Plastic straw ban a kick in the teeth for disabled people
The announcement of a plastic straw ban in an inner-city Auckland area is a kick in the teeth for disabled people, the Disabled Persons Assembly (DPA) says.
The plastic straw debate and the effect of banning straws on disabled people who need them to drink independently is widely known. Type “plastic straw debate” into a search engine and dozens of articles discussing this will come up.
“We thought this issue was so widely understood it was shocking to read in the news about the straw ban in central Auckland with no mention of how the area is planning to respond to the needs of disabled people who need a straw to drink independently,” DPA Policy and Relationships Manager Esther Woodbury says.
“There’s been so much in the news about plastic straws and so much about the need for disabled people to be included in this conversation, that to be completely ignored like this means one of two things, either: the voice given to disabled people is so small that these businesses remain ignorant of the issue or; the voice of disabled people is so little valued that it’s seen as okay to ignore them.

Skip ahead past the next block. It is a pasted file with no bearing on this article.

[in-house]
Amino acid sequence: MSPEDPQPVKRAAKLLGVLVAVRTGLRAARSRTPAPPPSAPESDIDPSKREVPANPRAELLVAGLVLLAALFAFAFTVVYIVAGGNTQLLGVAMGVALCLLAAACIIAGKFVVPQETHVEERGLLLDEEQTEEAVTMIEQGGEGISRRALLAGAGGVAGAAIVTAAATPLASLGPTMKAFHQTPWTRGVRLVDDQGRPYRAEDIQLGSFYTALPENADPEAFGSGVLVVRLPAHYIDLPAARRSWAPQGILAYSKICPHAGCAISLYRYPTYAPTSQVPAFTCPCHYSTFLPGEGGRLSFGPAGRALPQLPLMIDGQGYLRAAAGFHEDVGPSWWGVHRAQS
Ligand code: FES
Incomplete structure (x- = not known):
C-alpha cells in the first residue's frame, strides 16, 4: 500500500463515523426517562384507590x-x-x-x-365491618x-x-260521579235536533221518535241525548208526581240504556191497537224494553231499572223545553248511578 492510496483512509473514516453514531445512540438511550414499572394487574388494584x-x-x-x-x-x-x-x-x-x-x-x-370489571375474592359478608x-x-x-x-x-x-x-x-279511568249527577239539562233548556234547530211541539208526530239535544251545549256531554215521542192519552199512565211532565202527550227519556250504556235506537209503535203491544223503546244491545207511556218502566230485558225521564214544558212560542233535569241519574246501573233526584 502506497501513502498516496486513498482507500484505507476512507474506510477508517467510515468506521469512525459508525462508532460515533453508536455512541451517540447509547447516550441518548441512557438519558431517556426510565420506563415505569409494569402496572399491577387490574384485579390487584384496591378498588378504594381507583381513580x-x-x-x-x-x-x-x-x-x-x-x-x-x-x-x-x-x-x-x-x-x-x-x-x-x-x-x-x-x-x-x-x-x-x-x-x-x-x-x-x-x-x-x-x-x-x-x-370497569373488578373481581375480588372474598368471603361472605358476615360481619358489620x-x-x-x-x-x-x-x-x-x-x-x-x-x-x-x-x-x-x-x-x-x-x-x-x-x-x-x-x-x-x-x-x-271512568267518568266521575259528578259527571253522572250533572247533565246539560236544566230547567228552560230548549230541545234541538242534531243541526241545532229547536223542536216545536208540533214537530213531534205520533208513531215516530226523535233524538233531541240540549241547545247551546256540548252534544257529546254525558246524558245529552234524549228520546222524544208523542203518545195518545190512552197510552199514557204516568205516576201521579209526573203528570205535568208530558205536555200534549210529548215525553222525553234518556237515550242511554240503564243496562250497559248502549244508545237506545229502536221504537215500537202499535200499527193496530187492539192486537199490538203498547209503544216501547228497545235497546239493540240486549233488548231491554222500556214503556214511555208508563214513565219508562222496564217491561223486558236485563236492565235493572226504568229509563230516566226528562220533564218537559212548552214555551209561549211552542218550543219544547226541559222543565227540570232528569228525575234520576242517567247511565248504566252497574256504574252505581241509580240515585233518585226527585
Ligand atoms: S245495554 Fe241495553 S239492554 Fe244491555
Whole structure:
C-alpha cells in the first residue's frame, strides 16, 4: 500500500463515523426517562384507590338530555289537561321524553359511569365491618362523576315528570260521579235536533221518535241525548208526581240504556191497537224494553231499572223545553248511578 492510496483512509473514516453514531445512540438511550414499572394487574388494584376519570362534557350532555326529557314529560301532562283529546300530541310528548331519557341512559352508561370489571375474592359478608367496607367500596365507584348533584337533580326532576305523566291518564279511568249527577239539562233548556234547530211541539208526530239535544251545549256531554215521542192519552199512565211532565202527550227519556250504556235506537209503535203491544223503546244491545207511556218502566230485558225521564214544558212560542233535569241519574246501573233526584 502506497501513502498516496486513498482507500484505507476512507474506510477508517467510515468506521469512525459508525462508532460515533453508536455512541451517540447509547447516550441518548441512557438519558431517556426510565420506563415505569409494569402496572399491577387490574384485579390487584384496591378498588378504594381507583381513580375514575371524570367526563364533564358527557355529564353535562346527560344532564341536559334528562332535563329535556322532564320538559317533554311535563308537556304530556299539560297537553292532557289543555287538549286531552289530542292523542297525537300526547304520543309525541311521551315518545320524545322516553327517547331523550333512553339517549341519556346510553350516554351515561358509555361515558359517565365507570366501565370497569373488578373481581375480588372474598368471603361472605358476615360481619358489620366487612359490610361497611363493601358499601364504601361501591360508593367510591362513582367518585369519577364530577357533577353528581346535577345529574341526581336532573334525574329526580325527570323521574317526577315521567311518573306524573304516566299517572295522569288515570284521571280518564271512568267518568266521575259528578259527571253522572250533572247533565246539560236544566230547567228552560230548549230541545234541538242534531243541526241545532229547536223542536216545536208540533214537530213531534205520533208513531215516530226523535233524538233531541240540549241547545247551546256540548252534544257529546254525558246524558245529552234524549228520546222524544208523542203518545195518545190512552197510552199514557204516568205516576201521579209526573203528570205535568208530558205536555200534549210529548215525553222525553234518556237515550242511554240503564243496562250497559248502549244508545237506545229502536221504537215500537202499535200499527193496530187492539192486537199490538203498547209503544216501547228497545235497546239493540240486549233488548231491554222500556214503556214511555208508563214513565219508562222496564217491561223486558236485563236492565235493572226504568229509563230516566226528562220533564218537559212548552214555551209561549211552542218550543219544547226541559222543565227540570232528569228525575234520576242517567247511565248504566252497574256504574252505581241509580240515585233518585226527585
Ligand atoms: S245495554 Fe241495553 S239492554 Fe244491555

“Either way, it’s not okay. It reeks of cynical chasing of the Green dollar, at the expense of disabled people.”
In contrast, Tank Juice Bar are one example of a business that is showing they can be environmentally aware and also inclusive of their disabled customers. They recently announced on Facebook that they’re in the process of moving to cornstarch straws, which are user-friendly as plastic straws but can be composted, noting in their post that straws are a necessity for some customers.
“By finding an environmentally and inclusive solution to straws, Tank Juice Bar have demonstrated that they have paid attention to all of their customers rather than a knee-jerk reaction to a current trend,” Dr Woodbury says. “We would encourage other businesses who are looking to phase out straws to look at this type of environmentally sustainable alternative instead.”